x Abu Dhabi, UAEWednesday 17 January 2018

Hamas and the unhelpful language of ‘resistance’

Hamas leaders like Ismail Haniyeh can’t win over many West Bank residents with appeals to attack Israel, argues Hussein Ibish

For months Hamas has been struggling under the worst crisis it has faced since 2007, if not in its entire history. But suddenly, with negotiations in the doldrums, some Hamas leaders apparently sense a sudden opportunity to try to seize the momentum with outrageous rhetoric praising violence. This clearly underscores how much Hamas depends on a collapse in hopes for peace to push its agenda in Palestinian society, how hypocritical their talk of “resistance” is, and how much those who are allowing or forcing talks into a crisis are playing into their hands. But there may be even more at work than first appears.

The lingering impasse in the talks has been accompanied by a widespread intensification of tensions between Israelis and Palestinians on the ground. Israel’s relentless announcement of new settlements and “recognition” of outposts that amount to further land-grabs stoke the worst Palestinian fears. Recent weeks have also seen a major uptick in settler violence aimed at Palestinians.

There have also been increasing attacks against settlers and Israeli forces in the occupied West Bank, seemingly by Palestinians attacking alone and often with unclear or unarticulated motivations. The worst of these incidents was a shooting last Tuesday, when an unknown individual opened fire on an Israeli car in the West Bank last week, killing a police officer and wounding his wife and child.

This terrible deed gave the Gaza-based Hamas leader Ismail Haniyeh an opportunity to step into the maelstrom with a particularly reckless – but for his own narrow purposes undoubtedly carefully calculated – set of pronouncements.

Taking a calculated jab at the Palestine Liberation Organisation and Palestinian Authority, Mr Haniyeh declared “negotiations with the occupation have failed”, and claimed this to be “an unquestionable fact”. He said the shooting in Hebron “brought back life to the path of resistance”, and called for the capturing of more Israeli soldiers.

Of course “the path of resistance” is to be practised in the West Bank, not from Gaza. Hamas leaders like Mr Haniyeh are happy to be reckless, particularly rhetorically, where they have no responsibility or assets. But they have become highly risk-averse in their Gaza power base. Hence it was entirely predictable Mr Haniyeh would bluster: “We tell the enemy and anyone who thinks he is able to tame the West Bank ... the West Bank will be the future point of our struggle with the enemy.”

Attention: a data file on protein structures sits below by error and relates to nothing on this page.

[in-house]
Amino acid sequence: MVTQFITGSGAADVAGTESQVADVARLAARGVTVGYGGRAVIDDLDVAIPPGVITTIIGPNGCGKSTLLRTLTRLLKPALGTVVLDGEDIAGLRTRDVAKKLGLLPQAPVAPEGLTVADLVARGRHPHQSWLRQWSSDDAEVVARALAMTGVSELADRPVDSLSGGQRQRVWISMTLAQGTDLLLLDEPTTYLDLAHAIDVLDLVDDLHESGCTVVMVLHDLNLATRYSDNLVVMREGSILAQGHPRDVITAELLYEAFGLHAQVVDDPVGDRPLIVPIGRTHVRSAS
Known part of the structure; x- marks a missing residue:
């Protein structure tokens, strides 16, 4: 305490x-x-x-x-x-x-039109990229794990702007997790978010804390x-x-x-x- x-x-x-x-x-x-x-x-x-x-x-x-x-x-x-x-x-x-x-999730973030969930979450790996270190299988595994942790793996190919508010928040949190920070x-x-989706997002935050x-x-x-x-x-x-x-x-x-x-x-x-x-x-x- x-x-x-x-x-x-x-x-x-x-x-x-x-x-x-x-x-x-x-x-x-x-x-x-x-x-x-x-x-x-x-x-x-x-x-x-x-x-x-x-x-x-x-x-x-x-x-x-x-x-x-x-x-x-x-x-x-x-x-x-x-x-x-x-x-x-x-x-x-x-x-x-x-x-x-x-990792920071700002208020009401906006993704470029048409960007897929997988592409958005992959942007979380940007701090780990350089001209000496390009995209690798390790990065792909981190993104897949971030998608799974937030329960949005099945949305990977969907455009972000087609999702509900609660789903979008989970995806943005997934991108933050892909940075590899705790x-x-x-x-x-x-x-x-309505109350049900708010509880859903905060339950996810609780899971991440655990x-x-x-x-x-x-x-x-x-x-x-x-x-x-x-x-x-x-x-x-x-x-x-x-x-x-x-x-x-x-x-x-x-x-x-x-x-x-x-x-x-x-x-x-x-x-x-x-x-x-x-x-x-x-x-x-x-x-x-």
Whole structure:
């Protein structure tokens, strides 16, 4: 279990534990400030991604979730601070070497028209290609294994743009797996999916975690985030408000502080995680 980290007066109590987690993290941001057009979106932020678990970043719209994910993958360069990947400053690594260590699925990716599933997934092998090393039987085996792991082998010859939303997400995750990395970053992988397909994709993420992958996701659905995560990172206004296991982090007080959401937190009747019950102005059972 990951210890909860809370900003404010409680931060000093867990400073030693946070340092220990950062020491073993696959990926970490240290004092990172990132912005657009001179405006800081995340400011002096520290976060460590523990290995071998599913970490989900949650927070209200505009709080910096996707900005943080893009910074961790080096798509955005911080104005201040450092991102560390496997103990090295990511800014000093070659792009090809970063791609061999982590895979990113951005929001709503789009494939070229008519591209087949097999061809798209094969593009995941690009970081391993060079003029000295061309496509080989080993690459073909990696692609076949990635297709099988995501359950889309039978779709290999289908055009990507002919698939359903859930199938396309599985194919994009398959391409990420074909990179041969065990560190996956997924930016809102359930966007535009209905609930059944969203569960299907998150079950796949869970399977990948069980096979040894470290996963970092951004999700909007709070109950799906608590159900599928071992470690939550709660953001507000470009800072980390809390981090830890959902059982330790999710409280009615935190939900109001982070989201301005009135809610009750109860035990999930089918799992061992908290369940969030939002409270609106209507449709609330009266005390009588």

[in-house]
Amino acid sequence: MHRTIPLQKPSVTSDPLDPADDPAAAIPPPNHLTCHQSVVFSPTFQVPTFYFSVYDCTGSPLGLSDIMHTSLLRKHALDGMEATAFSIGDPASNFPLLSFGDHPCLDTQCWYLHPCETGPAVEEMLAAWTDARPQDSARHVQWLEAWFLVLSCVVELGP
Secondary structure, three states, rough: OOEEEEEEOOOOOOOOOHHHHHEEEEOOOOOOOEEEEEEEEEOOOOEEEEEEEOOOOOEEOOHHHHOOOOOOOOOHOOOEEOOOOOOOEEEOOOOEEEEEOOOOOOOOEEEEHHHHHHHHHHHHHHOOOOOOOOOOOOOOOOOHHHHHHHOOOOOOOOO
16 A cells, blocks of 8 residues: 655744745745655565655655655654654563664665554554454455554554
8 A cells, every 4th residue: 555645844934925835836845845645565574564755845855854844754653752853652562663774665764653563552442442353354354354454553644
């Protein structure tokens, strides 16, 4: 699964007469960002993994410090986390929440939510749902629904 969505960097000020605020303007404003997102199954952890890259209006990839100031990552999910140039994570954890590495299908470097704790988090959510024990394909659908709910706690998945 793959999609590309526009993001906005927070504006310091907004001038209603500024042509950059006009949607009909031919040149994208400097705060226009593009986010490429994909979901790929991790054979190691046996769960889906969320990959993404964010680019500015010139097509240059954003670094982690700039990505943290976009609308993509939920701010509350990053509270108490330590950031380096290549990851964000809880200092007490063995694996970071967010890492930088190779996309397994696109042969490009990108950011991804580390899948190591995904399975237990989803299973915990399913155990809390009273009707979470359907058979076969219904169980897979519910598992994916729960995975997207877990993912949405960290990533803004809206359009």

Mr Haniyeh was able to paint Hamas as supporters of “armed struggle,” and imply that, should there be a generalised security deterioration in the West Bank, they would be positioned to lead any new violent uprising. But these appeals are unlikely to garner new supporters or sympathy in the West Bank itself. At most it plays well with Hamas’s hard-core base. And it’s a quick and obvious leap to suspect it is actually aimed most at Islamic Jihad, which has been harassing Hamas from its religious and political right in Gaza and becoming a genuine rival to their rule.

Mr Haniyeh can’t be hoping to win over many West Bank residents with appeals to attack Israel when everyone can plainly see how cautious Hamas has become in allowing, for example, rocket attacks against southern Israel from the territories they control in Gaza. Moreover, few Palestinians outside of extremist groups would regard opening fire on a car, even one driven by a settler police officer, and wounding a woman and a nine-year-old as praiseworthy “armed struggle”. They are more likely to respond positively to the PA’s reaction, which was to condemn the shooting while insisting that Israel wouldn’t condemn a similar deadly attack against Palestinians.

There’s a third and deeper context to Mr Haniyeh’s outrageous remarks, which is the continuing power struggle within Hamas itself. He and other Gaza-based leaders have long worried about efforts by Politburo members living abroad to shift Hamas’s regional allegiances. In particular, there appears to be a significant sentiment of grievance among the Gaza-based leaders regarding what they view as a grave miscalculation by the external Politburo regarding the future of Egypt and the relationship of Hamas with Iran. Hamas never did benefit much from the rule of former Egyptian president Mohammed Morsi. Meanwhile the deterioration in relations with Iran merely served to draw Islamic Jihad closer to Tehran at Hamas’s expense, and complicate Hamas’s own efforts to repair relations with their erstwhile Iranians patrons.

So Mr Haniyeh’s outburst at first glance appears to be aimed mainly at the PLO and the PA in the context of attacking diplomacy and championing violence. On closer inspection, it looks like pushback against Hamas’s burgeoning rivals in Islamic Jihad in Gaza. But its actual target may be much closer to home.

There’s every reason to think that Mr Haniyeh’s comments are driven primarily by internal power struggles within Hamas. Such remarks can’t possibly play well with the general public. They won’t do anything to impress Islamic Jihad supporters. But they may be part of a longer-term campaign, which has been underway for years, by the Gaza-based leadership to assert its primacy over the still-dominant exiled leaders in the Hamas Politburo. The costs to the Palestinians in the West Bank, let alone Gaza, are plainly the last thing on his mind.

Hussein Ibish is a senior fellow at the American Task Force on Palestine and blogs at www.ibishblog.com

On Twitter: @ibishblog